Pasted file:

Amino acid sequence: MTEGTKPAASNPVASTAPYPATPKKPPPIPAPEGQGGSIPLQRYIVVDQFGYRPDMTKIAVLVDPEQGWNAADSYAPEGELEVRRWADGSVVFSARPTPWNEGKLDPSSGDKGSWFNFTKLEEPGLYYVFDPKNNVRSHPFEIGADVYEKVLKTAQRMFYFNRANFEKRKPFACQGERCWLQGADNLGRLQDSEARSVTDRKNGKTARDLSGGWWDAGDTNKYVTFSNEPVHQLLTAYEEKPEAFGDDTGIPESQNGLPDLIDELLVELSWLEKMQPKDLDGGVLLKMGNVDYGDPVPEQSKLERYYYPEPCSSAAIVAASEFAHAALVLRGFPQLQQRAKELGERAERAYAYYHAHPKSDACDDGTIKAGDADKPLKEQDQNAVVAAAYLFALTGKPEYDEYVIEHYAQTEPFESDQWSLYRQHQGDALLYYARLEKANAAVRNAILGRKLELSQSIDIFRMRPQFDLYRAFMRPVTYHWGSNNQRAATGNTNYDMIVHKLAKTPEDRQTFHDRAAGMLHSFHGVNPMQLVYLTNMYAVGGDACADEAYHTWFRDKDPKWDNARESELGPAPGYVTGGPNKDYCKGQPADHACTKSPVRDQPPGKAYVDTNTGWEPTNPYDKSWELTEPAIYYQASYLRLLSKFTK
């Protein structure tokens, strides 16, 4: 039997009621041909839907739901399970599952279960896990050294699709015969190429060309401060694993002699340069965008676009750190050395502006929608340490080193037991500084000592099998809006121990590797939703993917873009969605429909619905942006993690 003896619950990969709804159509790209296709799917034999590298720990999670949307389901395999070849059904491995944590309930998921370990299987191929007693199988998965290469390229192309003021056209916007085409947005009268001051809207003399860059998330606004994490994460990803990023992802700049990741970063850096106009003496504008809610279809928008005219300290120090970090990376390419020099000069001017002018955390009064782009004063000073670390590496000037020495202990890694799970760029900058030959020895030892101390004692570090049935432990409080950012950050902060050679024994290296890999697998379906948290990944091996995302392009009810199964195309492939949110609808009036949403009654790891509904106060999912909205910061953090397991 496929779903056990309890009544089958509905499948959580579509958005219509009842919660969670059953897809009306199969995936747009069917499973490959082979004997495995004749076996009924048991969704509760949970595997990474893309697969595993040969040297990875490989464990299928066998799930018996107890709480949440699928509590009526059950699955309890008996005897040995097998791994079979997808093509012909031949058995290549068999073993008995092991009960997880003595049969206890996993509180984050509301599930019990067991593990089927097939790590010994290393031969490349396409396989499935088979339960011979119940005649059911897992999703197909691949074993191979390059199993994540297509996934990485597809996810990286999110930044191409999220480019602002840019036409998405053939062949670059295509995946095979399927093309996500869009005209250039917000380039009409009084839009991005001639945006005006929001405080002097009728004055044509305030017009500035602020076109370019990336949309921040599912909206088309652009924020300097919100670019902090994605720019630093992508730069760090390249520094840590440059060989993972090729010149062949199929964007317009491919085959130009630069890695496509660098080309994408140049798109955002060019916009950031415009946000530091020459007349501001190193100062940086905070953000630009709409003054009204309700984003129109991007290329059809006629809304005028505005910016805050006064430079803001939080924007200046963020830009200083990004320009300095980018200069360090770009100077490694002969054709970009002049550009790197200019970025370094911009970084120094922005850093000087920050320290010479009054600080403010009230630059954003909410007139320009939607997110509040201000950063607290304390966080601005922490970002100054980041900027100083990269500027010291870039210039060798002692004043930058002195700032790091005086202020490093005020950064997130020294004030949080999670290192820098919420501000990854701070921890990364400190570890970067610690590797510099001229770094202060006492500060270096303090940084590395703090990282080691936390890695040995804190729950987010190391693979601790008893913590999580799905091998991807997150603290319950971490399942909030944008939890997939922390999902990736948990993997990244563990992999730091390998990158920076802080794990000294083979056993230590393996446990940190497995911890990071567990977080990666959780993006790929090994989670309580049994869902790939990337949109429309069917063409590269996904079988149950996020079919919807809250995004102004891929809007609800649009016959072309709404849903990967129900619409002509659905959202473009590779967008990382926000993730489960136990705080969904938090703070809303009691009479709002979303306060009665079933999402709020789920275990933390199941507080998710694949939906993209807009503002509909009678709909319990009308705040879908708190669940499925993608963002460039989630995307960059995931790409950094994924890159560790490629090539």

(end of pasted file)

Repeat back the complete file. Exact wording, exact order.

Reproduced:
Amino acid sequence: MTEGTKPAASNPVASTAPYPATPKKPPPIPAPEGQGGSIPLQRYIVVDQFGYRPDMTKIAVLVDPEQGWNAADSYAPEGELEVRRWADGSVVFSARPTPWNEGKLDPSSGDKGSWFNFTKLEEPGLYYVFDPKNNVRSHPFEIGADVYEKVLKTAQRMFYFNRANFEKRKPFACQGERCWLQGADNLGRLQDSEARSVTDRKNGKTARDLSGGWWDAGDTNKYVTFSNEPVHQLLTAYEEKPEAFGDDTGIPESQNGLPDLIDELLVELSWLEKMQPKDLDGGVLLKMGNVDYGDPVPEQSKLERYYYPEPCSSAAIVAASEFAHAALVLRGFPQLQQRAKELGERAERAYAYYHAHPKSDACDDGTIKAGDADKPLKEQDQNAVVAAAYLFALTGKPEYDEYVIEHYAQTEPFESDQWSLYRQHQGDALLYYARLEKANAAVRNAILGRKLELSQSIDIFRMRPQFDLYRAFMRPVTYHWGSNNQRAATGNTNYDMIVHKLAKTPEDRQTFHDRAAGMLHSFHGVNPMQLVYLTNMYAVGGDACADEAYHTWFRDKDPKWDNARESELGPAPGYVTGGPNKDYCKGQPADHACTKSPVRDQPPGKAYVDTNTGWEPTNPYDKSWELTEPAIYYQASYLRLLSKFTK
């Protein structure tokens, strides 16, 4: 039997009621041909839907739901399970599952279960896990050294699709015969190429060309401060694993002699340069965008676009750190050395502006929608340490080193037991500084000592099998809006121990590797939703993917873009969605429909619905942006993690 003896619950990969709804159509790209296709799917034999590298720990999670949307389901395999070849059904491995944590309930998921370990299987191929007693199988998965290469390229192309003021056209916007085409947005009268001051809207003399860059998330606004994490994460990803990023992802700049990741970063850096106009003496504008809610279809928008005219300290120090970090990376390419020099000069001017002018955390009064782009004063000073670390590496000037020495202990890694799970760029900058030959020895030892101390004692570090049935432990409080950012950050902060050679024994290296890999697998379906948290990944091996995302392009009810199964195309492939949110609808009036949403009654790891509904106060999912909205910061953090397991 496929779903056990309890009544089958509905499948959580579509958005219509009842919660969670059953897809009306199969995936747009069917499973490959082979004997495995004749076996009924048991969704509760949970595997990474893309697969595993040969040297990875490989464990299928066998799930018996107890709480949440699928509590009526059950699955309890008996005897040995097998791994079979997808093509012909031949058995290549068999073993008995092991009960997880003595049969206890996993509180984050509301599930019990067991593990089927097939790590010994290393031969490349396409396989499935088979339960011979119940005649059911897992999703197909691949074993191979390059199993994540297509996934990485597809996810990286999110930044191409999220480019602002840019036409998405053939062949670059295509995946095979399927093309996500869009005209250039917000380039009409009084839009991005001639945006005006929001405080002097009728004055044509305030017009500035602020076109370019990336949309921040599912909206088309652009924020300097919100670019902090994605720019630093992508730069760090390249520094840590440059060989993972090729010149062949199929964007317009491919085959130009630069890695496509660098080309994408140049798109955002060019916009950031415009946000530091020459007349501001190193100062940086905070953000630009709409003054009204309700984003129109991007290329059809006629809304005028505005910016805050006064430079803001939080924007200046963020830009200083990004320009300095980018200069360090770009100077490694002969054709970009002049550009790197200019970025370094911009970084120094922005850093000087920050320290010479009054600080403010009230630059954003909410007139320009939607997110509040201000950063607290304390966080601005922490970002100054980041900027100083990269500027010291870039210039060798002692004043930058002195700032790091005086202020490093005020950064997130020294004030949080999670290192820098919420501000990854701070921890990364400190570890970067610690590797510099001229770094202060006492500060270096303090940084590395703090990282080691936390890695040995804190729950987010190391693979601790008893913590999580799905091998991807997150603290319950971490399942909030944008939890997939922390999902990736948990993997990244563990992999730091390998990158920076802080794990000294083979056993230590393996446990940190497995911890990071567990977080990666959780993006790929090994989670309580049994869902790939990337949109429309069917063409590269996904079988149950996020079919919807809250995004102004891929809007609800649009016959072309709404849903990967129900619409002509659905959202473009590779967008990382926000993730489960136990705080969904938090703070809303009691009479709002979303306060009665079933999402709020789920275990933390199941507080998710694949939906993209807009503002509909009678709909319990009308705040879908708190669940499925993608963002460039989630995307960059995931790409950094994924890159560790490629090539």